Hawai`iCC Instructional Technology Support Office (ITSO)
presents

Strategies for Creating Effective Online Discussion Activities

[A Faculty Workshop to enhance your online teaching]

One oft-cited reason students drop out of online courses is feeling of isolation and disconnectedness (Xu & Jaggars, 2011). Regular online discussions can help build learning community and enhance learning, in addition to satisfying the federal requirement of a DE course to demonstrate regular and substantive student-instructor and student-student interaction (Section 600.2 of the Code of Federal Regulations).

Additional benefits of well-designed and carefully-implemented online discussion activities include facilitating learning by engaging in thoughtful exchange of ideas, and developing writing and thinking skills while allowing equal participation opportunities to all students. (Kelly, 2009)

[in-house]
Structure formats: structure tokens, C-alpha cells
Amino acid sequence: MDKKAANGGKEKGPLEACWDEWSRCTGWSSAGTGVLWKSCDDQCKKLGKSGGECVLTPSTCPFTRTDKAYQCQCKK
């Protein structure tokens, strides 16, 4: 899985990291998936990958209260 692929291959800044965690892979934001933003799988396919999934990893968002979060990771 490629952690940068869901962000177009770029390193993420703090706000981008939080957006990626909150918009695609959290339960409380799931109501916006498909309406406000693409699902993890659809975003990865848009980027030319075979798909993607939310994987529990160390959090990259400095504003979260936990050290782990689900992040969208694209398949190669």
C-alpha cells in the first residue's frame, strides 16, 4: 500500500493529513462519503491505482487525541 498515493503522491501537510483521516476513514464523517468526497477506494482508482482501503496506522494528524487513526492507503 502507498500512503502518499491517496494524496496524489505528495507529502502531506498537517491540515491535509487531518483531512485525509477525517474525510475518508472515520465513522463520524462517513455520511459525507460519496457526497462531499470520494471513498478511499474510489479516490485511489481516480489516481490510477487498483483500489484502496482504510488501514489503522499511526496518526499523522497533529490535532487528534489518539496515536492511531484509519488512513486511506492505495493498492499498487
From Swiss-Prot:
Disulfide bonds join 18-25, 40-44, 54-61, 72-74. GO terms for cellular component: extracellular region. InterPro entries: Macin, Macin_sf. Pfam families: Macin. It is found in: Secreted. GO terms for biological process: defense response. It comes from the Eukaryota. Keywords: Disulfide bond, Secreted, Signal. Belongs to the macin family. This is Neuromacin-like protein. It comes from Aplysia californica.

How are you using online discussion tools in your "classroom?" Please join us as we take a closer look at best practices in designing and moderating online discussions and look at ways to set up online discussions (including small group discussions) in Laulima.

East Hawaii
Wednesday, February 12, 2014 @ 2 pm-3:30 pm
Upper Campus, 346-134

West Hawaii
Thursday, February 13, 2014 @ 11 am-12:30 pm
UHCWH Computer Lab

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This workshop is recommended for all instructors currently teaching online, planning to teach online, or wanting to enhance face-to-face instruction with online discussions.

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Kelly, R. (2009, November 20). Questioning Styles for More Effective Discussion Boards. Retrieved from Faculty Focus: http://www.facultyfocus.com/articles/asynchronous...

Xu, D., Jaggars, S. (2011). Online and Hybrid Course Enrollment and Performance in Washington State Community and Technical Colleges. Community College Research Center, Teachers College, Columbia University.

Image by Muhammad Rafizeldi (MRafizeldi) (Own work) [CC-BY-SA-3.0 (http://creativecommons.org/licenses/by-sa/3.0)], via Wikimedia Commons